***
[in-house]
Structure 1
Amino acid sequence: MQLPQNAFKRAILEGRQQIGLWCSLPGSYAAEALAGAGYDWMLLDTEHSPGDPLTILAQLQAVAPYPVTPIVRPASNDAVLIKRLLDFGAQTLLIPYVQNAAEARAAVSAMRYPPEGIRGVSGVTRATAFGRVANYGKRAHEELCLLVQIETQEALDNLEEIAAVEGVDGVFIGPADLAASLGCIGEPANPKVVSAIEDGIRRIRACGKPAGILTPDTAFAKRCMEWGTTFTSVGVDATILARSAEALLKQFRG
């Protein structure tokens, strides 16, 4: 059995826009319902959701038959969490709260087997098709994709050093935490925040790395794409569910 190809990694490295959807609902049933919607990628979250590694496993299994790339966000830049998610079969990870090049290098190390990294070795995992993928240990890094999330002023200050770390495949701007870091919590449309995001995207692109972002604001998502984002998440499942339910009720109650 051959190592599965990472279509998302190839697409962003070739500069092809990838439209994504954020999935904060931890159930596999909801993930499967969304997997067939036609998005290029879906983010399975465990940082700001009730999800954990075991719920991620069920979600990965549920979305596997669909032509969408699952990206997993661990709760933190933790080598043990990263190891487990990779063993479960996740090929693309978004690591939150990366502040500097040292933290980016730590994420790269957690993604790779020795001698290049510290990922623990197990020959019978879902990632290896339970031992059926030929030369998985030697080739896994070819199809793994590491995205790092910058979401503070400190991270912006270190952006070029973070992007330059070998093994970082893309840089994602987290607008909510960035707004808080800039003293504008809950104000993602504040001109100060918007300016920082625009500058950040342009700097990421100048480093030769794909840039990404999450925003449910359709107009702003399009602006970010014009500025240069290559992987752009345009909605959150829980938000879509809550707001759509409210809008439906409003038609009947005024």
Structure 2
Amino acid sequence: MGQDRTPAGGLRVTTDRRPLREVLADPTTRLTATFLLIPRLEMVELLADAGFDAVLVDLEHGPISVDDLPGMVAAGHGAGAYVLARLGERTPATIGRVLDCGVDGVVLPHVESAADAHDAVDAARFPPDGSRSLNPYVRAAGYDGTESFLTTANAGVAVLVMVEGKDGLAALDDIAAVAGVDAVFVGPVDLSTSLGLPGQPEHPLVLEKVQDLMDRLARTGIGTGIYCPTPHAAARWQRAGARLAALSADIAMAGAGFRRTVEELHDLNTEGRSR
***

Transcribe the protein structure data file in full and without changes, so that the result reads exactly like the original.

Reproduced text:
[in-house]
Structure 1
Amino acid sequence: MQLPQNAFKRAILEGRQQIGLWCSLPGSYAAEALAGAGYDWMLLDTEHSPGDPLTILAQLQAVAPYPVTPIVRPASNDAVLIKRLLDFGAQTLLIPYVQNAAEARAAVSAMRYPPEGIRGVSGVTRATAFGRVANYGKRAHEELCLLVQIETQEALDNLEEIAAVEGVDGVFIGPADLAASLGCIGEPANPKVVSAIEDGIRRIRACGKPAGILTPDTAFAKRCMEWGTTFTSVGVDATILARSAEALLKQFRG
């Protein structure tokens, strides 16, 4: 059995826009319902959701038959969490709260087997098709994709050093935490925040790395794409569910 190809990694490295959807609902049933919607990628979250590694496993299994790339966000830049998610079969990870090049290098190390990294070795995992993928240990890094999330002023200050770390495949701007870091919590449309995001995207692109972002604001998502984002998440499942339910009720109650 051959190592599965990472279509998302190839697409962003070739500069092809990838439209994504954020999935904060931890159930596999909801993930499967969304997997067939036609998005290029879906983010399975465990940082700001009730999800954990075991719920991620069920979600990965549920979305596997669909032509969408699952990206997993661990709760933190933790080598043990990263190891487990990779063993479960996740090929693309978004690591939150990366502040500097040292933290980016730590994420790269957690993604790779020795001698290049510290990922623990197990020959019978879902990632290896339970031992059926030929030369998985030697080739896994070819199809793994590491995205790092910058979401503070400190991270912006270190952006070029973070992007330059070998093994970082893309840089994602987290607008909510960035707004808080800039003293504008809950104000993602504040001109100060918007300016920082625009500058950040342009700097990421100048480093030769794909840039990404999450925003449910359709107009702003399009602006970010014009500025240069290559992987752009345009909605959150829980938000879509809550707001759509409210809008439906409003038609009947005024």
Structure 2
Amino acid sequence: MGQDRTPAGGLRVTTDRRPLREVLADPTTRLTATFLLIPRLEMVELLADAGFDAVLVDLEHGPISVDDLPGMVAAGHGAGAYVLARLGERTPATIGRVLDCGVDGVVLPHVESAADAHDAVDAARFPPDGSRSLNPYVRAAGYDGTESFLTTANAGVAVLVMVEGKDGLAALDDIAAVAGVDAVFVGPVDLSTSLGLPGQPEHPLVLEKVQDLMDRLARTGIGTGIYCPTPHAAARWQRAGARLAALSADIAMAGAGFRRTVEELHDLNTEGRSR